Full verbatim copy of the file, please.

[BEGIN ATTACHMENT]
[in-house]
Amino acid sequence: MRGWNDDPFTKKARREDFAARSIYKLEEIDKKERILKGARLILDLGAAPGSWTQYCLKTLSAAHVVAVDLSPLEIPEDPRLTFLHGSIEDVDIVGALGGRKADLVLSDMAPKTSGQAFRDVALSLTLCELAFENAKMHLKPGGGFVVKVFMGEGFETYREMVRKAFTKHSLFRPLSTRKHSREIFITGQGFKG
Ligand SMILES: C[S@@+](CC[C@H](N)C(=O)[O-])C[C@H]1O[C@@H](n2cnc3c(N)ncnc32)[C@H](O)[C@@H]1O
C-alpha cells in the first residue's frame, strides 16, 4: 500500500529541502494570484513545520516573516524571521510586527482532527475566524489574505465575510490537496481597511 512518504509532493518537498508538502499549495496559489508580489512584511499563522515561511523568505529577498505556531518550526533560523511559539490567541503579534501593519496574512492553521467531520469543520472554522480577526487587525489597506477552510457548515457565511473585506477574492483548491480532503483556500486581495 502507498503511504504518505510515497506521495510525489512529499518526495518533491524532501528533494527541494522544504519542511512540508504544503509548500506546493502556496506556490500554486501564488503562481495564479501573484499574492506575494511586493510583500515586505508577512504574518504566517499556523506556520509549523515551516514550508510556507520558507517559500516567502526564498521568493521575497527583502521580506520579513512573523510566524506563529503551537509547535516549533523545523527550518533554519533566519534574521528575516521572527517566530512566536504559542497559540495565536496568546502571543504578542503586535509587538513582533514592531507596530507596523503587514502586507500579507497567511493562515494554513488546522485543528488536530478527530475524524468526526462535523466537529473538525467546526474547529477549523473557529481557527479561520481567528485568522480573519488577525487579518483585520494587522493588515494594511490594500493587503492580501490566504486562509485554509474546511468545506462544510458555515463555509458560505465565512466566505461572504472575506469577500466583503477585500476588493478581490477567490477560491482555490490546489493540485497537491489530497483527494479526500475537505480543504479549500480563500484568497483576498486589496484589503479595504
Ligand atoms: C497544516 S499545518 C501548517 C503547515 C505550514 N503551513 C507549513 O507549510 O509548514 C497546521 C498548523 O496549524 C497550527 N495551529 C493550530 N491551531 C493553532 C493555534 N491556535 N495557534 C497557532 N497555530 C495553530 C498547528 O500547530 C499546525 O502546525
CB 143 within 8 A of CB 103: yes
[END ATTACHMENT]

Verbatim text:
[in-house]
Amino acid sequence: MRGWNDDPFTKKARREDFAARSIYKLEEIDKKERILKGARLILDLGAAPGSWTQYCLKTLSAAHVVAVDLSPLEIPEDPRLTFLHGSIEDVDIVGALGGRKADLVLSDMAPKTSGQAFRDVALSLTLCELAFENAKMHLKPGGGFVVKVFMGEGFETYREMVRKAFTKHSLFRPLSTRKHSREIFITGQGFKG
Ligand SMILES: C[S@@+](CC[C@H](N)C(=O)[O-])C[C@H]1O[C@@H](n2cnc3c(N)ncnc32)[C@H](O)[C@@H]1O
C-alpha cells in the first residue's frame, strides 16, 4: 500500500529541502494570484513545520516573516524571521510586527482532527475566524489574505465575510490537496481597511 512518504509532493518537498508538502499549495496559489508580489512584511499563522515561511523568505529577498505556531518550526533560523511559539490567541503579534501593519496574512492553521467531520469543520472554522480577526487587525489597506477552510457548515457565511473585506477574492483548491480532503483556500486581495 502507498503511504504518505510515497506521495510525489512529499518526495518533491524532501528533494527541494522544504519542511512540508504544503509548500506546493502556496506556490500554486501564488503562481495564479501573484499574492506575494511586493510583500515586505508577512504574518504566517499556523506556520509549523515551516514550508510556507520558507517559500516567502526564498521568493521575497527583502521580506520579513512573523510566524506563529503551537509547535516549533523545523527550518533554519533566519534574521528575516521572527517566530512566536504559542497559540495565536496568546502571543504578542503586535509587538513582533514592531507596530507596523503587514502586507500579507497567511493562515494554513488546522485543528488536530478527530475524524468526526462535523466537529473538525467546526474547529477549523473557529481557527479561520481567528485568522480573519488577525487579518483585520494587522493588515494594511490594500493587503492580501490566504486562509485554509474546511468545506462544510458555515463555509458560505465565512466566505461572504472575506469577500466583503477585500476588493478581490477567490477560491482555490490546489493540485497537491489530497483527494479526500475537505480543504479549500480563500484568497483576498486589496484589503479595504
Ligand atoms: C497544516 S499545518 C501548517 C503547515 C505550514 N503551513 C507549513 O507549510 O509548514 C497546521 C498548523 O496549524 C497550527 N495551529 C493550530 N491551531 C493553532 C493555534 N491556535 N495557534 C497557532 N497555530 C495553530 C498547528 O500547530 C499546525 O502546525
CB 143 within 8 A of CB 103: yes